Once I gathered the least bit of self-awareness, somewhere in my pre-teen years, I realised that the combination of my natural enthusiasm and my optimism made me terribly obnoxious.  Bad things would happen to me and the people I cared about.  Nobody needed another Pollyanna, Tony Robbins, or Oprah Winfrey to deal with.

So, I crossed the street.  The shade suited me better, anyway.  I could assume from the outset that things were going to turn out poorly.  If they didn’t, it was a pleasant surprise.  The good things were going to mean more if I didn’t expect them to happen, and the bad things couldn’t take the wind out of my sails.  After all, there were no longer any sails.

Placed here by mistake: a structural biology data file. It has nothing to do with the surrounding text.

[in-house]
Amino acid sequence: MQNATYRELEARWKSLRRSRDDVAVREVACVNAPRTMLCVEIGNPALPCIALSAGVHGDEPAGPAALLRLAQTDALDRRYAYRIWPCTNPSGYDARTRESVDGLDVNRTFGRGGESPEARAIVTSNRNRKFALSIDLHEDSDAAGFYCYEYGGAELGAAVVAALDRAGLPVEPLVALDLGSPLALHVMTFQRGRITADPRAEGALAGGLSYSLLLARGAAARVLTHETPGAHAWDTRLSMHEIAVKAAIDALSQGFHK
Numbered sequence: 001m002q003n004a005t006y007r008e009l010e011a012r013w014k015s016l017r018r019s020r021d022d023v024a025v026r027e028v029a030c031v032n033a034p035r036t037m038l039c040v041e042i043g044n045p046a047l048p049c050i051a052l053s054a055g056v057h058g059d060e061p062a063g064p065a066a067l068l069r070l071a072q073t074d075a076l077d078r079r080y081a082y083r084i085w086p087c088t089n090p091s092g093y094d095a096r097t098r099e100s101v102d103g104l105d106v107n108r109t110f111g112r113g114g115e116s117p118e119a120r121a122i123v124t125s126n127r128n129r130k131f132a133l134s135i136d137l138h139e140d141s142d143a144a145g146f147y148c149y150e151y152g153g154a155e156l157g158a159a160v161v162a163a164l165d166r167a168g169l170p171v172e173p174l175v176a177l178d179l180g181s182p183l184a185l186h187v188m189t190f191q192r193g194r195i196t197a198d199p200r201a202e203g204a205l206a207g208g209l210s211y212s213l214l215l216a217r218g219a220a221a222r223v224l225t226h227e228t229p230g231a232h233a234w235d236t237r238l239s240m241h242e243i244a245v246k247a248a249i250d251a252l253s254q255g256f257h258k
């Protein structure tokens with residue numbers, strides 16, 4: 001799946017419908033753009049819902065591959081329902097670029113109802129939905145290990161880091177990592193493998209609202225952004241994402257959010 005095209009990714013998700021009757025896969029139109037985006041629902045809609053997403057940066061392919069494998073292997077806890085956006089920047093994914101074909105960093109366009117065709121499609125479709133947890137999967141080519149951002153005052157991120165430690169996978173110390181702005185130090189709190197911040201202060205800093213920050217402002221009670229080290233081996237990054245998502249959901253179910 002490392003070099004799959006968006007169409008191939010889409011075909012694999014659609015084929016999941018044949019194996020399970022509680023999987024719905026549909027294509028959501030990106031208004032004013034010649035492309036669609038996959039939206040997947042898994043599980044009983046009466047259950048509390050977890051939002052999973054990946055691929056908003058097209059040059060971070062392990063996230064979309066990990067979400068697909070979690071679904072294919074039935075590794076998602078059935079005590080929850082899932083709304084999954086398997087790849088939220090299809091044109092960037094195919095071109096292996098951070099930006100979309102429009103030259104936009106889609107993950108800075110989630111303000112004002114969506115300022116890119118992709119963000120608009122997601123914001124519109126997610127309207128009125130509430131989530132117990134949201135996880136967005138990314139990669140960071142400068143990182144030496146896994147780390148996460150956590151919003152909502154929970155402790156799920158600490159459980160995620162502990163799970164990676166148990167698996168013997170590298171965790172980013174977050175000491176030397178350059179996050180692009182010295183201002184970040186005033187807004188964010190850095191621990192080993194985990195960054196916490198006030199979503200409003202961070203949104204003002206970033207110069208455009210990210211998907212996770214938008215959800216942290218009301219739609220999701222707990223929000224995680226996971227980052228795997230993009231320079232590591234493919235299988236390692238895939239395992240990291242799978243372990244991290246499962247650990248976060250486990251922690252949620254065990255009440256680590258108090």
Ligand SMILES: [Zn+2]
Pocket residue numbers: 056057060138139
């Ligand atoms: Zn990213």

Then, horse racing happened.

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congratulations, Away Westward!

Horses…it sounds so obvious.  We wouldn’t have horse racing without horses.  Strip away the grandstand, the clubhouse, the tote board, the rails…what does a day at the track boil down to?  Whose horse gets from point A to point B faster — nothing more, nothing less.

It’s easy to get caught up in everything that springs up around horse racing.  Handicapping and betting mean fun (and potentially profit) for analytical types.  Seeing people at the track is satisfying for the social butterfly in all of us.

However?  The biggest reason I started coming to the track more often is because it means seeing horses live and up close.  Horses, by nature, are gorgeous creatures…though even, among all of the horses I see week in and week out, a few stand out for their beauty.

This brings me to Away Westward.

Away Westward stretches his legs in the paddock before today's Arlington 7th.